Yesterday I had a long telephone conversation with Todd Sundsted, one of the trio of authors of I'm Outta Here: How coworking is making the office obsolete. We were talking ostensibly about CoWorking, but in the end what we were really talking about was the culture of working as it relates to the workplace. It was a far ranging conversation and I hope to expand on more of these topics as blogging continues here at Workalicious. Here is a brief of some of the ideas covered with Todd - get ready, there is a lot to swallow here:
- In writing their book they really hoped to cover the individual's relationship to work, more so than CoWorking, but CoWorking is becoming the hub for a new class of independent entrepreneurial workers. So it is about CoWorking - an activity, and less so about CoWorking - a kind of office or workplace.
- CoWorking appears to be at the cross roads of many work trends - independents, mobility, cafe culture, and as such it can take on many variations within the umbrella of shared workspace.
- The cultural component of CoWorking is what ultimately separates it from office suites. Suites bottom line is to provide space and office services. CoWorking's cultural component goes beyond that, bringing people together for more reasons than shared space. But this cultural component can take on many different forms. There are social dimensions, collaborative dimensions, entrepreneurial focuses - ultimately each CoWorking site/community has to define for itself what the culture of its site will be and how to foster that.
- The design of CoWorking spaces has not been studied closely to date, and the range of work environments provided has not been looked at in regard to how it interacts with the culture that the site/community wants to foster. Some people want a social atmosphere, others want project collaboration, some need some solitude. The right mix will vary with the overall mission of the site/community.
- Manufacturers of office implements, furniture, services do not have CoWorking on their radar yet, and have not considered how they might tailor their product to serve this growing work paradigm.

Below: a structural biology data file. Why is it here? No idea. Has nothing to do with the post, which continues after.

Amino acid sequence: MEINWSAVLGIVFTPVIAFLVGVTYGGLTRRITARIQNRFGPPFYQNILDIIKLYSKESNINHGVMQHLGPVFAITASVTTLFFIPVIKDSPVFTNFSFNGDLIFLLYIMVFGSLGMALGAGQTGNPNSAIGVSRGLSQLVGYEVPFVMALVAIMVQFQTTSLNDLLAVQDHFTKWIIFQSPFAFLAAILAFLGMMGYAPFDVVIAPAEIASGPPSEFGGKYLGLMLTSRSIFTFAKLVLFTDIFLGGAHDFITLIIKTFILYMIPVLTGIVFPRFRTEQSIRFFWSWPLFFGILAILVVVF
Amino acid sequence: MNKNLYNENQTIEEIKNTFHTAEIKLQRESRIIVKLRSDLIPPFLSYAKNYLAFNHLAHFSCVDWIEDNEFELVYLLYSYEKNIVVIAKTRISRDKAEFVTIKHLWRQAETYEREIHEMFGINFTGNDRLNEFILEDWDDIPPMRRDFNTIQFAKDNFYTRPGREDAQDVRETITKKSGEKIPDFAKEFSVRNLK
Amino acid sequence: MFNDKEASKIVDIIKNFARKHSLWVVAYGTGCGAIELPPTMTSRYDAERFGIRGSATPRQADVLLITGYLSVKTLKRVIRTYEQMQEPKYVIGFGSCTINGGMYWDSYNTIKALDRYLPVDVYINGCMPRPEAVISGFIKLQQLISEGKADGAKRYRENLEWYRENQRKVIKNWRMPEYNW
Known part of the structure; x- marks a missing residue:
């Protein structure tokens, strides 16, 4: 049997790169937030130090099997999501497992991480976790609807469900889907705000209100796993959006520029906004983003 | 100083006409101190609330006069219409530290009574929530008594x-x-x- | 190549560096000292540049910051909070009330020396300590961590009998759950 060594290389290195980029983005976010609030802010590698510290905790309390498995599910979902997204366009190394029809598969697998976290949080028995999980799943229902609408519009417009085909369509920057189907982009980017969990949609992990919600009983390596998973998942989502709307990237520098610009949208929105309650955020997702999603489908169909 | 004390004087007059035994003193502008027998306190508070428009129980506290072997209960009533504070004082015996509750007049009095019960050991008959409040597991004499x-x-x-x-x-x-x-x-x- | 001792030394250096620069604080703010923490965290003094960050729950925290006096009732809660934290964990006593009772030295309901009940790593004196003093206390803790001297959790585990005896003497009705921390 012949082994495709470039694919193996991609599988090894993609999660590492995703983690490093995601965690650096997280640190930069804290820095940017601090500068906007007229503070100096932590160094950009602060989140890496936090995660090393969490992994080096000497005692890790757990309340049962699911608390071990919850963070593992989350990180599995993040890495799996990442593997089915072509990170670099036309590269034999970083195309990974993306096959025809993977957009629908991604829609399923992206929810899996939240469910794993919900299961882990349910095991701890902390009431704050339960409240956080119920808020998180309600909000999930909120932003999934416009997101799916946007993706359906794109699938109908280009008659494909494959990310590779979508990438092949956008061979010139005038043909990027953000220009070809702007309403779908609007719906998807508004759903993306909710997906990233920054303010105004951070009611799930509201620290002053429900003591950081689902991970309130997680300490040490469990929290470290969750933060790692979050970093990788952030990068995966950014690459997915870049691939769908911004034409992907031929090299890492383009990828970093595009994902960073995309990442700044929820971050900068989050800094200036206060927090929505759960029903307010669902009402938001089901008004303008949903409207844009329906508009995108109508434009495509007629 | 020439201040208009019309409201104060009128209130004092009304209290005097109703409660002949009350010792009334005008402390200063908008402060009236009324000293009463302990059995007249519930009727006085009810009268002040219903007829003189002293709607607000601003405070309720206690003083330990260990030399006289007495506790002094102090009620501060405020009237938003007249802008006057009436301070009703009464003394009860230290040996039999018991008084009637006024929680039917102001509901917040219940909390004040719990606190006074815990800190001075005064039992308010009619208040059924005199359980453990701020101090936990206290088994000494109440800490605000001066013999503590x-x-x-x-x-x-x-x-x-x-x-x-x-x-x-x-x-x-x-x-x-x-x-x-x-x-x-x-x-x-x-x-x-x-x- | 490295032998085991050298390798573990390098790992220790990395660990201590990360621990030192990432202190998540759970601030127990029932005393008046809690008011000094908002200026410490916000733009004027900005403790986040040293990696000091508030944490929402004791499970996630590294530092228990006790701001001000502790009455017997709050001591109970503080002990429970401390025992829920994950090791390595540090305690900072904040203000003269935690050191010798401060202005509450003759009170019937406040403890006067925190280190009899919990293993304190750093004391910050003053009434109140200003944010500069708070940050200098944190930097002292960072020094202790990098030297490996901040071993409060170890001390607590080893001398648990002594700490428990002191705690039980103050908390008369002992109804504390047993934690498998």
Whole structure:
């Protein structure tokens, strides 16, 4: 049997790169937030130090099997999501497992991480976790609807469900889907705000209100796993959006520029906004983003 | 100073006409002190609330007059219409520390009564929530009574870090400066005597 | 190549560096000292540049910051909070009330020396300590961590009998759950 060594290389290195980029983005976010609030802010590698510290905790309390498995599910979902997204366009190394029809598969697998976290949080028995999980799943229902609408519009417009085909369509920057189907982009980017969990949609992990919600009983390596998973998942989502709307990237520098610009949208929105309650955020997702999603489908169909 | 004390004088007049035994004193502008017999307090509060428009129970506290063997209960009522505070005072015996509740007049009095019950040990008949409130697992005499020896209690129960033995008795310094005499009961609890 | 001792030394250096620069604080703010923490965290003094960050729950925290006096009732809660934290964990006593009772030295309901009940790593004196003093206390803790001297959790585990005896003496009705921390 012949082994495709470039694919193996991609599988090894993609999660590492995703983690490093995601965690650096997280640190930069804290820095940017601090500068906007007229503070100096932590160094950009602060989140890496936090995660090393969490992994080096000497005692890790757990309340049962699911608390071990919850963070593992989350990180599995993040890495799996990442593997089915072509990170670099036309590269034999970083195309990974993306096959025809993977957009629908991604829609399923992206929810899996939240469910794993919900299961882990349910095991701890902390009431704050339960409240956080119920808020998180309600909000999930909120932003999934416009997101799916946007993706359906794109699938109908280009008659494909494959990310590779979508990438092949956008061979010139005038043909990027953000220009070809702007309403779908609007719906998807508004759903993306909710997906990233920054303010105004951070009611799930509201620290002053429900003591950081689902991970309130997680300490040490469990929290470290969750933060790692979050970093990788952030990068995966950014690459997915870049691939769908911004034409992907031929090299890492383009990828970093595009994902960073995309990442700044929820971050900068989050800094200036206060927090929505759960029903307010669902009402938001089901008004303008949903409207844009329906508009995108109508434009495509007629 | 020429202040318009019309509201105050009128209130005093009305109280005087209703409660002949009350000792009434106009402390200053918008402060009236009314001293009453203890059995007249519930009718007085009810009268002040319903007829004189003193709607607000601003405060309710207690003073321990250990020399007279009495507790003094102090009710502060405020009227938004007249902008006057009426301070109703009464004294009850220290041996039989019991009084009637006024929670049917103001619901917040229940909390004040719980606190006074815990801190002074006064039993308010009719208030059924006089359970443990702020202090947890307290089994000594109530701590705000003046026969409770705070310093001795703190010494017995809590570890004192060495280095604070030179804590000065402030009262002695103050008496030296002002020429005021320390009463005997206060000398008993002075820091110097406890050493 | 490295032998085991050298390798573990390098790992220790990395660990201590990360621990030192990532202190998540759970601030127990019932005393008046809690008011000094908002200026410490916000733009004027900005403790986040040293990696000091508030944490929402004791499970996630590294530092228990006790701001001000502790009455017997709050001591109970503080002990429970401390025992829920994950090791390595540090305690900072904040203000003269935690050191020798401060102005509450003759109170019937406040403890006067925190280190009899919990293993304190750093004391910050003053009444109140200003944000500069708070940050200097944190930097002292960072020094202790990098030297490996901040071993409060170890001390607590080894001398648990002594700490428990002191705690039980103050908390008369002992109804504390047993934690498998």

- The economic slow down may become an engine driving the growth of independent working as many workers are laid off. Many will decide to go on to work independently rather than seek out another employer. In some situations the souring of business will cause the best workers to leave companies and seek independence - the workers that the companies can least afford to loose.
- Can companies offer workers the benefits they see in working independently? The series of Dot-Com booms have seen a change in the management and design of workplaces. New media companies desperate to retain creative workers incorporated recreational activities into their workplaces - ping pong, basketball courts, dogs at work, in house coffee bars. Much of this has bled over to larger less creative corporate workplaces. But is this enough to retain the worker tempted by independence? At some level this is seen as pandering to the worker, and provides none of the meaningful issues that are fulfilled by independent work.
- Todd related story of Best Buy corporate that instituted a new results oriented management style, where workers were not evaluated by long standing conventions - conforming to office culture, work hours, absenteeism; but rather by the results they achieved. What if workers were "cut loose" so to speak to pursue the responsibilities given to them by the method of their choosing. What if they choose to work from home, out of a local coffee shop - what if your employees could operate as independently as they choose, in order to produce the best results.
- Can companies import a CoWorking like culture - not in a superficial manner by putting a coffee bar in their office, but in a true sense by allowing their employees to act with true independence. Could this enable them to retain the best people. Todd is a partner in a new consultancy, Shift 101, whose mission appears to be helping companies institute this form of office culture. Fascinating. They are in the process of launching a new CoWorking site in Birmingham, Alabama where I imagine they will test the waters of this idea.
I am absolutely thrilled that the foundations and implications of CoWorking run so much deeper than moving a workgroup from a coffee shop to a shared office space. It is clearly a by product of issues endemic to work culture in general, one that stands to have a great impact on the standing status quo. If independence is indeed the next coming wave of work paradigm, then it will certainly take hold in the very places it splintered from in the first place. The implements of work are bound to follow and we hope to cover this evolving work-landscape as it happens.